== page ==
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Ye (/j/; stylized as ye) is the eighth studio album by American rapper Kanye West. It was released on June 1, 2018, by GOOD Music and Def Jam Recordings. Following controversy surrounding his sociopolitical views, West re-wrote and recorded all the work on the album, completing it over the course of just two weeks at a ranch in Jackson Hole, Wyoming.[2]

A view of the Teton mountain range with green text in the centre reading "I hate being Bi-Polar its awesome"
Studio album by
ReleasedJune 1, 2018
RecordedMay 2018
StudioWest's ranch in Jackson Hole, Wyoming
GenreHip hop[1]
Kanye West chronology
The Life of Pablo
Kids See Ghosts
Singles from Ye
  1. "Yikes"
    Released: June 11, 2018
  2. "All Mine"
    Released: July 24, 2018

The album features guest vocals by PartyNextDoor, Ty Dolla Sign, Kid Cudi, Jeremih and 070 Shake, among others.[3] West produced the album in its entirety, with additional production by Mike Dean, who serves as a co-executive producer,[4] as well as Francis and the Lights, Benny Blanco, Irv Gotti, 7 Aurelius, Noah Goldstein, Che Pope, Caroline Shaw, Pi'erre Bourne and Ty Dolla Sign, among others.

Ye is the second of five seven-track albums produced by West in what have been referred to as the "Wyoming Sessions",[5][6] and set to be released weekly following the release of Pusha T's Daytona. The album preceded the release of West's collaboration with Kid Cudi titled Kids See Ghosts, Nas' Nasir, and Teyana Taylor's K.T.S.E.. The album was supported by the lead single "Yikes". Ye received generally positive reviews from music critics and became West's record-equalling eighth consecutive album to debut at number-one on the US Billboard 200. Upon its release, every song on the album managed to enter the top forty on the Billboard Hot 100, with "Yikes" reaching number 8. The album has since been certified Gold by the Recording Industry Association of America (RIAA) and Silver by the British Phonographic Industry (BPI).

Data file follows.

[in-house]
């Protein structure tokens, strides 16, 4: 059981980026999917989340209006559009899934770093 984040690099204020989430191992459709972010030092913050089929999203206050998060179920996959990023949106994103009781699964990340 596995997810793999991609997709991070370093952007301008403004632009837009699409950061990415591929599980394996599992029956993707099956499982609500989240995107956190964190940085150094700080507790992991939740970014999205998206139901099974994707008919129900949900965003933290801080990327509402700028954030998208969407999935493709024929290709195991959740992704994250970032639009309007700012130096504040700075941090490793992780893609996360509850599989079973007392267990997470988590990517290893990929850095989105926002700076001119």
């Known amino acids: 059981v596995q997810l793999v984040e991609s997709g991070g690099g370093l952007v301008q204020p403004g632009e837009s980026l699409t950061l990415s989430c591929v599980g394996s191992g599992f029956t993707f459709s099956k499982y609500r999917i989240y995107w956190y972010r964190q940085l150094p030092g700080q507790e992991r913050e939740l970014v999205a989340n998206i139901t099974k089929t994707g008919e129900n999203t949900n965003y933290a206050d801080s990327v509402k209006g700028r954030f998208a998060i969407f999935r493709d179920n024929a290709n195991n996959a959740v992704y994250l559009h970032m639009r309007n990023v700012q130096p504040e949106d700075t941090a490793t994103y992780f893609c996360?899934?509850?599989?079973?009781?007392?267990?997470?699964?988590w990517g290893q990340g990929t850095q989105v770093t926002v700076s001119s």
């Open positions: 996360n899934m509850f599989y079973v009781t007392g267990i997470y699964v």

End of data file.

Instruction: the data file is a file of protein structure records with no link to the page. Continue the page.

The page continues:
Background and recordingEdit

On February 24, 2016, West tweeted that his upcoming new album, titled Turbo Grafx 16, would be released during the summer, naming it after the video game console of the same name.[7] West associate Ibn Jasper posted a photo on Instagram showing West and longtime collaborators Mike Dean, Plain Pat, and Kid Cudi in a recording studio working on West's new album.[8] In March 2016, Quavo posted an image on his Instagram of him in a studio with West, with the words "TURBO GRAFX 16" written on the wall behind them.[9] The other artists were present in the image, including Lil Yachty, Vic Mensa, Offset, Big Sean and Tyler, the Creator. The expected summer release of the album was not met, and West began his Saint Pablo Tour in August of that year. The tour ended abruptly, with 22 out of 41 dates being cancelled, after West, on his Sacramento stop, embarked on a rant lasting roughly 20 minutes, ending the show.[10] West was admitted to UCLA Medical Center to undergo psychiatric observation after the incident.[11]

In May 2017, news began to surface that West was working on his new album "on top of a mountain in Wyoming" in seclusion.[12][13] In March 2018, similar reports had emerged through various artists, including West himself, who was being spotted in Jackson Hole, Wyoming.[14] The other artists were pictured or rumored, including Kid Cudi, Nas, King Louie, Pi'erre Bourne, ASAP Bari, Wheezy, The-Dream, Travis Scott and The World Famous Tony Williams.[15][16] Record producer Mike Dean alluded in a Twitter post to the recording sessions for My Beautiful Dark Twisted Fantasy, which were similarly recorded in secrecy in Hawaii.[17] In April 2018, West met with Rick Rubin, who is the executive producer on West's previous two albums, Yeezus (2013) and The Life of Pablo (2016).[18] West previewed the album for radio host Charlamagne tha God.[19]